They were of Norse origin, but much mixed with Gaelic Celts, from Ireland, Man and the Hebrides; and their language was Old Norse. Where they settled, they left their place-names; and in the Holm we find them. Only a few show evidence of the original early settlements as indicated by purity of the Norse forms; for during the twelfth century the language became changed by mixture with English, and developed into the dialect of Cumberland, from which most of the names in the Holm are given. We can pick out some that appear to be of the tenth or eleventh century:—Raby (Rabi in 1150) is obviously of this type; rá means a boundary or landmark, and Lindqvist and Ekwall, who are both authoritative, agree that this is the best interpretation of a not uncommon word. Skinburness is the promontory of the 'Skinburg,' so named in 1175, and this in Old Norse might mean the 'shining fort,' suggesting a beacon, which was not impossible in the eleventh century as shown by instances in Orkney (Orkneyinga-saga, capp. 71, 74) though it is hardly possible that any tradition of a Roman signal-station remained; the site, however, would be still one where history could repeat itself. Edderside looks like the usual form in -side for O.N. sætr, a shieling, though the name does not occur before 1537; Professor Sedgefield (Place-names of C. & W., 46) suggests the Anglian personal name Eadhere, and it is conceivable that an Englishman kept the Norse lord's herds there. Holm for 'island' is Norse, adopted late into Anglo-Saxon; in this case it describes the island, always in Latin insula, cut off by the Holm and Black Dubs from the mainland. Arlosh (in 1185 Arlosk) was a waterlogged district; just possibly from some such phrase as O.N. ár-löskr, the sluggish (reach) of the river (Wampool).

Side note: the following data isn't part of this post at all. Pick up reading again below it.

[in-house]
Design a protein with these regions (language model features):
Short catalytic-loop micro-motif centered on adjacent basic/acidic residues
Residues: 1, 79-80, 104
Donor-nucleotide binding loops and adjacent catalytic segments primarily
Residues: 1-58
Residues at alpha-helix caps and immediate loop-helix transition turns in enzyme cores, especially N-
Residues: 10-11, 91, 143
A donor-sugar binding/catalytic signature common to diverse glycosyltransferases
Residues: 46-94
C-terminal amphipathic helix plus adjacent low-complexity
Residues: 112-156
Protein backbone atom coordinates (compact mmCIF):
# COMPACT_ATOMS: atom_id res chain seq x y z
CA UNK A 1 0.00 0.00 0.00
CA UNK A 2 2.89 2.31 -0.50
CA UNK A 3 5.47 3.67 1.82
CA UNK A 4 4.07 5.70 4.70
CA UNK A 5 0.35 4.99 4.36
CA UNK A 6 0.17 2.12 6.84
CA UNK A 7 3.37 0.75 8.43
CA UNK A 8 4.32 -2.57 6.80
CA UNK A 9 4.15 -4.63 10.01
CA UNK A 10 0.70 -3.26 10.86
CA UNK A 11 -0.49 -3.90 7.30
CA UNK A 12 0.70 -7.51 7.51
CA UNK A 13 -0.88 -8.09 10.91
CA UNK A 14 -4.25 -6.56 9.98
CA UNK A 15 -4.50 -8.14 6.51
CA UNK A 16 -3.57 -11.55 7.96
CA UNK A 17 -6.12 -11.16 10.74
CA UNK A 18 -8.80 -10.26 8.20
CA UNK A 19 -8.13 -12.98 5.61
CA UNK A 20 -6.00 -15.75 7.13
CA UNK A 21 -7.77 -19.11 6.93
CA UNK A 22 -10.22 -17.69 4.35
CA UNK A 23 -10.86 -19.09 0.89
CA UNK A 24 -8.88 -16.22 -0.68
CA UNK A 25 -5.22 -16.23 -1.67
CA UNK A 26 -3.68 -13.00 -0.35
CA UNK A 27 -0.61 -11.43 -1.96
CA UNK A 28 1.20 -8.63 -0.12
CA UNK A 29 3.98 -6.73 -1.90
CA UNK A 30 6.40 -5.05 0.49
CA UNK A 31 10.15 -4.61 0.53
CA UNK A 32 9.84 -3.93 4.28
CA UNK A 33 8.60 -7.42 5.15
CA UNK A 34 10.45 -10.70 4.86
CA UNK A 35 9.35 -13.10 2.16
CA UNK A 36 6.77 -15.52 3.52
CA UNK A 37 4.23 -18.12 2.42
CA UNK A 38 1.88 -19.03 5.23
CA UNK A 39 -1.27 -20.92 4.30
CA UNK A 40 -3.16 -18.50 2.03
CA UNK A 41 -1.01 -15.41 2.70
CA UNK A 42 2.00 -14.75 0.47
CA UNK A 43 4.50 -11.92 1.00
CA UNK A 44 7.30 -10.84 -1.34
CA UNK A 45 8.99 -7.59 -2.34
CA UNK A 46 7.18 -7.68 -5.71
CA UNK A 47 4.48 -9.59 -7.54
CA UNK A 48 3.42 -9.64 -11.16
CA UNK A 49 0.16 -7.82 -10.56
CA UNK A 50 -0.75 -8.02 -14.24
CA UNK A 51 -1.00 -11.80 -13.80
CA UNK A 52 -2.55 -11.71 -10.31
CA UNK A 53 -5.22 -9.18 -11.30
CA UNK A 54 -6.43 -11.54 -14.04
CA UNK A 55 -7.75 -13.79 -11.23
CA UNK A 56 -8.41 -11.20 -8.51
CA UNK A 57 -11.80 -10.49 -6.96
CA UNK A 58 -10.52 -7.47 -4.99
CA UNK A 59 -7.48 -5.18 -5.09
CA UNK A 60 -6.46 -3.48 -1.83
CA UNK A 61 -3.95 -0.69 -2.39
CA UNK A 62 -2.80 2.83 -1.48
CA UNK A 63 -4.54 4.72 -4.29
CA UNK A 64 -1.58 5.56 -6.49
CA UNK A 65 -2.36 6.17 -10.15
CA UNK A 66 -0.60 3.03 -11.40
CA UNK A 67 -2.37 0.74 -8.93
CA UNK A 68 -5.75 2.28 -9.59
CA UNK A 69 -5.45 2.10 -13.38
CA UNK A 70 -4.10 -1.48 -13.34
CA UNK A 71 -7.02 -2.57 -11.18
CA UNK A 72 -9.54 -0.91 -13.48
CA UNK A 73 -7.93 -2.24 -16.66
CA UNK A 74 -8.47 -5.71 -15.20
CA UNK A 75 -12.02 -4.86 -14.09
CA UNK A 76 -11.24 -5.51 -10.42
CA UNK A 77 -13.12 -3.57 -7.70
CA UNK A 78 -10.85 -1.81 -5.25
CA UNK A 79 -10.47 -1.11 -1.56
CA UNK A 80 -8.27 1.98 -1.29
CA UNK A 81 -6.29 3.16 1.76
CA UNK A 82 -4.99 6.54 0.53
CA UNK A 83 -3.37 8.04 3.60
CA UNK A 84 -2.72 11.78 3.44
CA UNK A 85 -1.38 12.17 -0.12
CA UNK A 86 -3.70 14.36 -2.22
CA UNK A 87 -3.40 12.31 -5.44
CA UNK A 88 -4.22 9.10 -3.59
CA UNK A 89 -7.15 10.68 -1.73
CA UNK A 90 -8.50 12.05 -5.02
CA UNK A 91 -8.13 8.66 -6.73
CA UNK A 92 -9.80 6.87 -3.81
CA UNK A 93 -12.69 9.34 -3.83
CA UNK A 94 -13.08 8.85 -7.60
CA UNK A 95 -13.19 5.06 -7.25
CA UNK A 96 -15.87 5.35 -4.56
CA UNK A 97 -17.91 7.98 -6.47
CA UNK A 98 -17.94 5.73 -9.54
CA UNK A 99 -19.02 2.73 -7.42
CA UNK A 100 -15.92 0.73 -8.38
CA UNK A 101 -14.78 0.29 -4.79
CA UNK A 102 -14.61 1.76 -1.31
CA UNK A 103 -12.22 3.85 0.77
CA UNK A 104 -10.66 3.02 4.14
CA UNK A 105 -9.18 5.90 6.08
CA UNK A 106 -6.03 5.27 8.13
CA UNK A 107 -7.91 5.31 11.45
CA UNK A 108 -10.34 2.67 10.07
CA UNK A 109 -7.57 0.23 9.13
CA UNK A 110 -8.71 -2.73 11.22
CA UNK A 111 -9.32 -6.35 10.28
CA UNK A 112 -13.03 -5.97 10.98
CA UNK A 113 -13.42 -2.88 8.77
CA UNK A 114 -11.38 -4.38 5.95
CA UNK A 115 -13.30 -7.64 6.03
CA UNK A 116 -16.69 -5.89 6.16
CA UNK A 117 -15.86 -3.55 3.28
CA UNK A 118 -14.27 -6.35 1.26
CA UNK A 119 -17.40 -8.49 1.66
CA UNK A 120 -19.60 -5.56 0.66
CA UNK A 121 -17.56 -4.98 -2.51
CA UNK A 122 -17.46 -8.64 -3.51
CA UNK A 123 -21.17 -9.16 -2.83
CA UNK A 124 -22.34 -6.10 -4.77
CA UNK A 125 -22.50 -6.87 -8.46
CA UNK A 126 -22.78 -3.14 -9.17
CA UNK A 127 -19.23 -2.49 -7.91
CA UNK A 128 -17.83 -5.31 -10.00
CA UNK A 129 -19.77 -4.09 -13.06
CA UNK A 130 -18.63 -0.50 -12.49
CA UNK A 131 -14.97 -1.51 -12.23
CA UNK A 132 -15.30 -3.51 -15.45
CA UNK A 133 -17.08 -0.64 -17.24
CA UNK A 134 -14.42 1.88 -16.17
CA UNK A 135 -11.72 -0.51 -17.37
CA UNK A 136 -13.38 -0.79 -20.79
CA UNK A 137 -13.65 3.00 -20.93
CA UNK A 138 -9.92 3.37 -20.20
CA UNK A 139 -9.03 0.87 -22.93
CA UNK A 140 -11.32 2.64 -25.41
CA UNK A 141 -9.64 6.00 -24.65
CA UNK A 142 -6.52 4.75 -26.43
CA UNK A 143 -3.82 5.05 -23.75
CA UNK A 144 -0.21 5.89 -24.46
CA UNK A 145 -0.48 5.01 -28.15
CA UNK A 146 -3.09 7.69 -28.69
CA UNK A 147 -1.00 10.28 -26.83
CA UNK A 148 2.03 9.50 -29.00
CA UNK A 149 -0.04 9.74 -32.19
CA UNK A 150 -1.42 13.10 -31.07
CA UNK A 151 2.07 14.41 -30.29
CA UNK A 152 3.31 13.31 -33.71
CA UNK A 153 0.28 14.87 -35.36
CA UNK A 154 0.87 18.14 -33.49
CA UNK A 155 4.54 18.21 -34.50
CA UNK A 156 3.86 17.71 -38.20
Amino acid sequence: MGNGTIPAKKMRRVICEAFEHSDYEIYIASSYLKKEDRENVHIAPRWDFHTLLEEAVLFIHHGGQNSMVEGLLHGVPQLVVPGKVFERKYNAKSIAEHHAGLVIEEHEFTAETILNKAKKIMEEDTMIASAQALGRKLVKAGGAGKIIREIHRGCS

The condition of the Holm in the twelfth century is hinted by the charter of 1150, which mentions Holmcoltria and Rabi as forest, i.e. uncultivated. In 25 years more, the monks had established granges at sites with names suggesting former settlement. They were the Old Grange, most probably at Sandenhouse near the abbey, Mawbray, Skinburg, Rabi, and the grange de Ternis, of the Tarns (O.N. tjörn). Arlosh is not named until 1185. In 1189 the charter of Richard Cæur-de-Lion gives the names of Cocklayc on the Wampool ('haunt of wild fowl'), Cromboc or Crombroc, i.e. Crummock beck (from crum, crooked, with alternatively O.N. bekkr or O.E. bröc, brook; Eyntrepot or Antrepot, 'one tree pool' on the Waver; St. Laurence holm (now Lawrenceholme) on an island in Wedholme marshes, perhaps a hermitage; Midelrigg (now Mealrigg); Polneuton, the stream running through Westnewton; Waytheholm (now Wedholme) which might be O.N. veidi-hólmr,' island (preserved) for hunting'; Wytheskeld, O.N. vídis-kelda, 'spring of the willow,' the source of a tributary of the Crummock beck. All these show the generally uncultivated condition of the country in the twelfth century, as well as the survival of Norse as the basis of Cumbrian dialect.